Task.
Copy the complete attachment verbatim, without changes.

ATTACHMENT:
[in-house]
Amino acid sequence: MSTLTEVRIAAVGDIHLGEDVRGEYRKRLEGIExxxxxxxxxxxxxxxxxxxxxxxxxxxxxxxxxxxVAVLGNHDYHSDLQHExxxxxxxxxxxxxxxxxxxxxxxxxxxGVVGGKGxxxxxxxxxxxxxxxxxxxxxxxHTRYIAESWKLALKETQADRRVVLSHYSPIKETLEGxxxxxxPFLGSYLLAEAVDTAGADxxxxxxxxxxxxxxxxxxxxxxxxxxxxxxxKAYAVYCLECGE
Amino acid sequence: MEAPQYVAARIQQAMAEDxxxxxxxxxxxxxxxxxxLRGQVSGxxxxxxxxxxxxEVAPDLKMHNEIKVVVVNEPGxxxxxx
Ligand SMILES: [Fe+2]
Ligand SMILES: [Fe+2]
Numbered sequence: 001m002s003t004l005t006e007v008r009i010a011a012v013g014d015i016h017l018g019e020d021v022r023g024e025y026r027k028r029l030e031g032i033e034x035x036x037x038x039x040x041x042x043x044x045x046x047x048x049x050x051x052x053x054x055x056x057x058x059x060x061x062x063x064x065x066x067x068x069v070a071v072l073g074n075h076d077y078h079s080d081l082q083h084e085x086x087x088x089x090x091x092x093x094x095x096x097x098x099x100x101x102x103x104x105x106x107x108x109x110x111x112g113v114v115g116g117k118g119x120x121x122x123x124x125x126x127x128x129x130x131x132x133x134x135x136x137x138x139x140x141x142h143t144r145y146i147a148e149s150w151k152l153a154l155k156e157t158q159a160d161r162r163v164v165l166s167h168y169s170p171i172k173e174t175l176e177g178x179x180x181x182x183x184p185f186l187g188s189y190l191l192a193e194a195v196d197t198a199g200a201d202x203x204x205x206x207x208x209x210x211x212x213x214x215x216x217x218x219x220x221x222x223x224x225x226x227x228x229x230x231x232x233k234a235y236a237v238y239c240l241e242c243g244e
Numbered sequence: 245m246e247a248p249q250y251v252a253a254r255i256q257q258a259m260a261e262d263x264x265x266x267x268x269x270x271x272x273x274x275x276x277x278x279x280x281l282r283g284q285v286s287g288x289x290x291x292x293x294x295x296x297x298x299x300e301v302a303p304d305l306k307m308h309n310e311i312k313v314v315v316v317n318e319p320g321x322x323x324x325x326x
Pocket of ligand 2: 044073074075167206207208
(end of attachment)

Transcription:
[in-house]
Amino acid sequence: MSTLTEVRIAAVGDIHLGEDVRGEYRKRLEGIExxxxxxxxxxxxxxxxxxxxxxxxxxxxxxxxxxxVAVLGNHDYHSDLQHExxxxxxxxxxxxxxxxxxxxxxxxxxxGVVGGKGxxxxxxxxxxxxxxxxxxxxxxxHTRYIAESWKLALKETQADRRVVLSHYSPIKETLEGxxxxxxPFLGSYLLAEAVDTAGADxxxxxxxxxxxxxxxxxxxxxxxxxxxxxxxKAYAVYCLECGE
Amino acid sequence: MEAPQYVAARIQQAMAEDxxxxxxxxxxxxxxxxxxLRGQVSGxxxxxxxxxxxxEVAPDLKMHNEIKVVVVNEPGxxxxxx
Ligand SMILES: [Fe+2]
Ligand SMILES: [Fe+2]
Numbered sequence: 001m002s003t004l005t006e007v008r009i010a011a012v013g014d015i016h017l018g019e020d021v022r023g024e025y026r027k028r029l030e031g032i033e034x035x036x037x038x039x040x041x042x043x044x045x046x047x048x049x050x051x052x053x054x055x056x057x058x059x060x061x062x063x064x065x066x067x068x069v070a071v072l073g074n075h076d077y078h079s080d081l082q083h084e085x086x087x088x089x090x091x092x093x094x095x096x097x098x099x100x101x102x103x104x105x106x107x108x109x110x111x112g113v114v115g116g117k118g119x120x121x122x123x124x125x126x127x128x129x130x131x132x133x134x135x136x137x138x139x140x141x142h143t144r145y146i147a148e149s150w151k152l153a154l155k156e157t158q159a160d161r162r163v164v165l166s167h168y169s170p171i172k173e174t175l176e177g178x179x180x181x182x183x184p185f186l187g188s189y190l191l192a193e194a195v196d197t198a199g200a201d202x203x204x205x206x207x208x209x210x211x212x213x214x215x216x217x218x219x220x221x222x223x224x225x226x227x228x229x230x231x232x233k234a235y236a237v238y239c240l241e242c243g244e
Numbered sequence: 245m246e247a248p249q250y251v252a253a254r255i256q257q258a259m260a261e262d263x264x265x266x267x268x269x270x271x272x273x274x275x276x277x278x279x280x281l282r283g284q285v286s287g288x289x290x291x292x293x294x295x296x297x298x299x300e301v302a303p304d305l306k307m308h309n310e311i312k313v314v315v316v317n318e319p320g321x322x323x324x325x326x
Pocket of ligand 2: 044073074075167206207208